Shocker, Not: Nevada Most Gambling-Addicted State, Study Reveals
Posted on: April 25, 2018, 01:00h.
Last updated on: April 25, 2018, 12:28h.
Nevada is America’s most gambling-addicted state, according to a new study conducted by WalletHub.com, an online personal finance website. It’s probably the least surprising study results since one that showed that more than 50 percent of teens are addicted to their mobile devices.
That should come as little surprise, but the placement of some other states in the study results might be worthy of a few raised eyebrows.
In its third year evaluating which US states are the most addicted to taking chances with their money the old-fashioned way, WalletHub says it studied 19 key metric indicators to determine where excessive gambling is most prevalent.
The evaluation considered two main areas, “gambling friendliness” (a quotient that combined a variety of gaming factors for each state) and “gambling problem and treatment.” The weighted categories included factors such as the number of commercial and tribal casinos per capita, and percentage of adults with gambling disorders and parallel available number of behavioral counselors.
Nevada topped the list of most gambling-addicted states with a total score of 62.43. It ranked first in gambling friendliness, and 10th in gambling problem and treatment.
Nevada has the most casinos and gaming machines per capita, and fifth-highest rate of gambling addiction.
One might suspect New Jersey or Pennsylvania to come next, but that “honor” goes to South Dakota, which scored 53.1. Rounding out the top five most gambling-addicted states are Montana (52.9), Mississippi (51.8), and Louisiana (44.7).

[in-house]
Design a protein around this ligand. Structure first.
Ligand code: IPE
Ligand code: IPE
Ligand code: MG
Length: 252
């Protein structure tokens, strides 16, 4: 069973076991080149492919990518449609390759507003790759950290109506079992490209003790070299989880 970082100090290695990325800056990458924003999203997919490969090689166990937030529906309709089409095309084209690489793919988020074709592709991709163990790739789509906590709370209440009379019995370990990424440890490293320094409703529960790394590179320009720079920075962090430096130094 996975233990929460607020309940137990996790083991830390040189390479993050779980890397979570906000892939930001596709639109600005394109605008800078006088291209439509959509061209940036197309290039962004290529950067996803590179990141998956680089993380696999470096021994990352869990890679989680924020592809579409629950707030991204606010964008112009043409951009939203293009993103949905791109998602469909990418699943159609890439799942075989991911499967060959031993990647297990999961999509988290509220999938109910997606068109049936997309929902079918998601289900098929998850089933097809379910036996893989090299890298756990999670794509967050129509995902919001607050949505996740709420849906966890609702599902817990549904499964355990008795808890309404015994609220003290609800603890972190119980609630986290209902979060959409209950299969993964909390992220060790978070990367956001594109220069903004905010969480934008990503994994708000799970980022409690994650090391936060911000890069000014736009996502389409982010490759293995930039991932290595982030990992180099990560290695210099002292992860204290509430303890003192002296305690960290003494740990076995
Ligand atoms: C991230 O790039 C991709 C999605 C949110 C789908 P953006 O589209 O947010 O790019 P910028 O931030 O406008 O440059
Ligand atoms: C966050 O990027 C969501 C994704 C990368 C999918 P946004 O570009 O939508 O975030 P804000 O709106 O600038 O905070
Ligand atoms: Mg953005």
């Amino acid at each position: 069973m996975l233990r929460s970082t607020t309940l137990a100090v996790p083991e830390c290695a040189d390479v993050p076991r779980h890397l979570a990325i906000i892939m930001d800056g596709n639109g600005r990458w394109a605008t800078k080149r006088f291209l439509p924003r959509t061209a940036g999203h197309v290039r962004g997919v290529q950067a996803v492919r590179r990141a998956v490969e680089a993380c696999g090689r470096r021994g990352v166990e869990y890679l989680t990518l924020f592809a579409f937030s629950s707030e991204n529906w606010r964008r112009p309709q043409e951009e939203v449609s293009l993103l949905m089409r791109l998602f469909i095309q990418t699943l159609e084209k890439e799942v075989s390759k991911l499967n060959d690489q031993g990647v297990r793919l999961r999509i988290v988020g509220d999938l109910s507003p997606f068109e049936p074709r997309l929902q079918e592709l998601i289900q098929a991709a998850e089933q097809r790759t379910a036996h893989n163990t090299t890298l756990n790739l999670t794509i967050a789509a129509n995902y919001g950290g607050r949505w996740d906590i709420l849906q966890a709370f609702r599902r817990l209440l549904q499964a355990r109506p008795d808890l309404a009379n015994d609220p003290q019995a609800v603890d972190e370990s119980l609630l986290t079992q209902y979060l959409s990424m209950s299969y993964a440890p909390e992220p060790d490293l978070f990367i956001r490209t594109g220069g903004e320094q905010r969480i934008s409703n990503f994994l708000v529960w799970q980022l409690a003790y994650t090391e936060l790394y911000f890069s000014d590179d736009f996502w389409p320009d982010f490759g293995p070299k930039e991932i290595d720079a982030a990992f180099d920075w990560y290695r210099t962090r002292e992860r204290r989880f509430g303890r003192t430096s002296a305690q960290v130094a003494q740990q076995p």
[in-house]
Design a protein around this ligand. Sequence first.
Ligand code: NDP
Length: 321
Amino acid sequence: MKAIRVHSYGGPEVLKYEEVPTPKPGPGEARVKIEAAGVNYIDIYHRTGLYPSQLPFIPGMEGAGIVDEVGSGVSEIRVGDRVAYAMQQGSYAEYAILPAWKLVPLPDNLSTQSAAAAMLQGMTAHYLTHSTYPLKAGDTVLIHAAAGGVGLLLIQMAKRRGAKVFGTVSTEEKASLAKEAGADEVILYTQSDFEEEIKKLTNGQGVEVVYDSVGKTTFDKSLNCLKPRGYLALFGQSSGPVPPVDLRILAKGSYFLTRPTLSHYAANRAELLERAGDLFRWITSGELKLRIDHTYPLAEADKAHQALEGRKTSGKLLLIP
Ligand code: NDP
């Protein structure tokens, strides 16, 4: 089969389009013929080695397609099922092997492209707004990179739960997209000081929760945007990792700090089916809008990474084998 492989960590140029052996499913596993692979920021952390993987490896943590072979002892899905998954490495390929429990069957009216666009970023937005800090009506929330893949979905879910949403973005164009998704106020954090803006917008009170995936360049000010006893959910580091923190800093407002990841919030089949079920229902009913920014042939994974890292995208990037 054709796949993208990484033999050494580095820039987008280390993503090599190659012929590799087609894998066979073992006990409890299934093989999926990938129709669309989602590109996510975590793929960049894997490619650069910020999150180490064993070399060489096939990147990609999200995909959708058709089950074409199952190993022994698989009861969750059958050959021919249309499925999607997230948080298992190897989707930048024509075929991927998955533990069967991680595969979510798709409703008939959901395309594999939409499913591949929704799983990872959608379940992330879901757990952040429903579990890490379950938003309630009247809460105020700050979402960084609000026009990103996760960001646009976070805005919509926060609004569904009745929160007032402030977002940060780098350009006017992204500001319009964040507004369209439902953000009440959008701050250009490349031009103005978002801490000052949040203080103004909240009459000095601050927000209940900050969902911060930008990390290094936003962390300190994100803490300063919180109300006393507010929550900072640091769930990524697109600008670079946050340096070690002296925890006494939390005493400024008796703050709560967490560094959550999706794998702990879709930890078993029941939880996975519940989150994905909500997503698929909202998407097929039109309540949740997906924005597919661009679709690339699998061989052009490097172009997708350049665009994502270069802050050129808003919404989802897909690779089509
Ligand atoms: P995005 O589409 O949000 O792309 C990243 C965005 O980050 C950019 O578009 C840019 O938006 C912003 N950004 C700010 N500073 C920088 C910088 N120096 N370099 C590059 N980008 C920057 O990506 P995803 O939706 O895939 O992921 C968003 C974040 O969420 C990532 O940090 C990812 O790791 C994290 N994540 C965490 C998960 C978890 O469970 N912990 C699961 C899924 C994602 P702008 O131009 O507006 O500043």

Four of the top five are repeat offenders. Louisiana is the newest entry, up from #9 in 2017, while West Virginia (#5 in 2017), dropped back to #6 this year.
Listing Up and Down
Pennsylvania — which generates the second-most gross gaming casino revenue behind only Nevada — placed #27 on last years WalletHub list. But with the Keystone State in the process of further expanding its commercial industry with as many as 10 new satellite casinos, along with impending online gambling and daily fantasy sports, and slot machines inside truck stops and airport gaming lounges, Pennsylvania has surged a dozen spots, up to #15.
Illinois was another mover-upper, going from #18 in 2017 to #9 on this year’s list. Though Illinois ranks 25th in gaming machines per capita and 21st in lottery sales, no state has more gambling-related arrests per capita, according to WalletHub.
Atlantic City’s New Jersey fell two spots to #8. The Garden State ranks second in gambling problem and treatment, with nearly three percent of all adults recognized as have a gambling disorder.
Implications of Legal Sports Betting
Much of the US will see their “gambling friendliness” score increase, should sports betting be legalized for all 50 states. The Supreme Court is expected to soon hand down its opinion on the current federal ban that prohibits the activity in all but four states.
WalletHub asked five behavioral and psychology experts whether sports betting should be allowed at the federal level. All five said it should, with the general opinion that eliminating unregulated illegal offshore and underground sportsbooks is in the best interest of both consumers and the gaming industry.
“The main reason that states want gambling is money. Why not make sports betting legal? Gamblers will gamble anyway,” Indiana University Department of Psychological and Brain Sciences Professor Emeritus Jim Sherman noted.
As many as 20 states would be expected to pass sports betting laws in the coming years should SCOTUS repeal the federal ban.
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